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Why are poor countries poor?

  • Daniel Cohen; Marcelo Soto

We attempt to explain why standard explanations of the poverty of nations are unsatisfactory. We first argue that human capital is low in poor countries because its production has increasing returns with respect to life expectancy. We then show that the reason why capital does not flow to poor countries (the Lucas paradox) can readily be explained once market prices rather than PPP prices are used to assess the return to physical capital: the return to capital in poor countries is not higher than in the rich world in spite of its relative scarcity. We finally argue that PPP calculations bias downwards the measured TFP of poor countries, which may in part explain their lower productivity. The message of hope is that education can shoot up as life expectancy increases. A higher level of human capital would appreciate the real exchange rate through a Balassa-Samuelson effect, thus raising the profitability physical capital. This in turn would encourage foreign capital to flow to developing countries

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Paper provided by Econometric Society in its series Econometric Society 2004 Latin American Meetings with number 75.

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Date of creation: 11 Aug 2004
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Handle: RePEc:ecm:latm04:75
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  1. Peter J. Klenow & Mark Bils, 2000. "Does Schooling Cause Growth?," American Economic Review, American Economic Association, vol. 90(5), pages 1160-1183, December.
  2. Acemoglu, Daron & Zilibotti, Fabrizio, 2000. "Productivity Differences," CEPR Discussion Papers 2498, C.E.P.R. Discussion Papers.
  3. Alan Krueger & Mikael Lindahl, 2000. "Education for Growth: Why and For Whom?," Working Papers 808, Princeton University, Department of Economics, Industrial Relations Section..
  4. Young, Alwyn, 1995. "The Tyranny of Numbers: Confronting the Statistical Realities of the East Asian Growth Experience," The Quarterly Journal of Economics, MIT Press, vol. 110(3), pages 641-80, August.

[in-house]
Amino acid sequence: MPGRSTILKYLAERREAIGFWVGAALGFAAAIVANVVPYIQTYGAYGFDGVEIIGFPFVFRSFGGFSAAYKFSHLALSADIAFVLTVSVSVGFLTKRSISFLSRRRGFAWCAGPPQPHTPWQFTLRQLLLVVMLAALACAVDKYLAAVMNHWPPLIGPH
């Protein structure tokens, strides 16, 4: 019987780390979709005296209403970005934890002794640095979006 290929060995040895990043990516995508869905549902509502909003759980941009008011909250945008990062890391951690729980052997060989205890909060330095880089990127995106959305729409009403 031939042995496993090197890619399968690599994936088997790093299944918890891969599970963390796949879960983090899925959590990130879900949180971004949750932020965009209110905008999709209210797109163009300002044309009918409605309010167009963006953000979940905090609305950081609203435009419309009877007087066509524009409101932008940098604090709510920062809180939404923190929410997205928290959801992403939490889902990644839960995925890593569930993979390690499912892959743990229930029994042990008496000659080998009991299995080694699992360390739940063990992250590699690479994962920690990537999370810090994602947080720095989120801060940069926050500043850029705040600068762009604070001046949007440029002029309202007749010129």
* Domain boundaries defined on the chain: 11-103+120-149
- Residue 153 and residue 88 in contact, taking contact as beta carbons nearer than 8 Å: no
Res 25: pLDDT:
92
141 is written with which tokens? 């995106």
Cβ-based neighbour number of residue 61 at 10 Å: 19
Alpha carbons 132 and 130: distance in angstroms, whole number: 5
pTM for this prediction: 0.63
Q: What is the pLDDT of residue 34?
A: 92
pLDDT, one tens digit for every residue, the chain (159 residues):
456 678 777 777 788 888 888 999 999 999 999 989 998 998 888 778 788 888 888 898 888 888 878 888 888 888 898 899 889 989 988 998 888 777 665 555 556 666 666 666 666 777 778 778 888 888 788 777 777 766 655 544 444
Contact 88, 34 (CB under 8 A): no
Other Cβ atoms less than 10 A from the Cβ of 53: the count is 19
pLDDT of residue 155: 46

5. Easterly, William & Kremer, Michael & Pritchett, Lant & Summers, Lawrence H., 1993. "Good policy or good luck?: Country growth performance and temporary shocks," Journal of Monetary Economics, Elsevier, vol. 32(3), pages 459-483, December.
  6. Coe, David T & Helpman, Elhanan & Hoffmaister, Alexander, 1995. "North-South R&D Spillovers," CEPR Discussion Papers 1133, C.E.P.R. Discussion Papers.
  7. Robert E. Hall & Charles I. Jones, 1999. "Why Do Some Countries Produce So Much More Output per Worker than Others?," NBER Working Papers 6564, National Bureau of Economic Research, Inc.
  8. Lucas, Robert Jr., 1988. "On the mechanics of economic development," Journal of Monetary Economics, Elsevier, vol. 22(1), pages 3-42, July.
  9. Daniel Cohen & Marcelo Soto, 2007. "Growth and human capital: good data, good results," Journal of Economic Growth, Springer, vol. 12(1), pages 51-76, March.
  10. Jan Willem Gunning & Paul Collier, 1999. "Explaining African Economic Performance," Journal of Economic Literature, American Economic Association, vol. 37(1), pages 64-111, March.
  11. Peter Klenow & Andrés Rodríguez-Clare, 1997. "The Neoclassical Revival in Growth Economics: Has It Gone Too Far?," NBER Chapters, in: NBER Macroeconomics Annual 1997, Volume 12, pages 73-114 National Bureau of Economic Research, Inc.
  12. Easterly, William, 1999. "The ghost of financing gap: testing the growth model used in the international financial institutions," Journal of Development Economics, Elsevier, vol. 60(2), pages 423-438, December.
  13. Devarajan, Shantayanan & Easterley, William R. & Pack, Howard, 2001. "Is investment in Africa too low or too high : macro and micro evidence," Policy Research Working Paper Series 2519, The World Bank.
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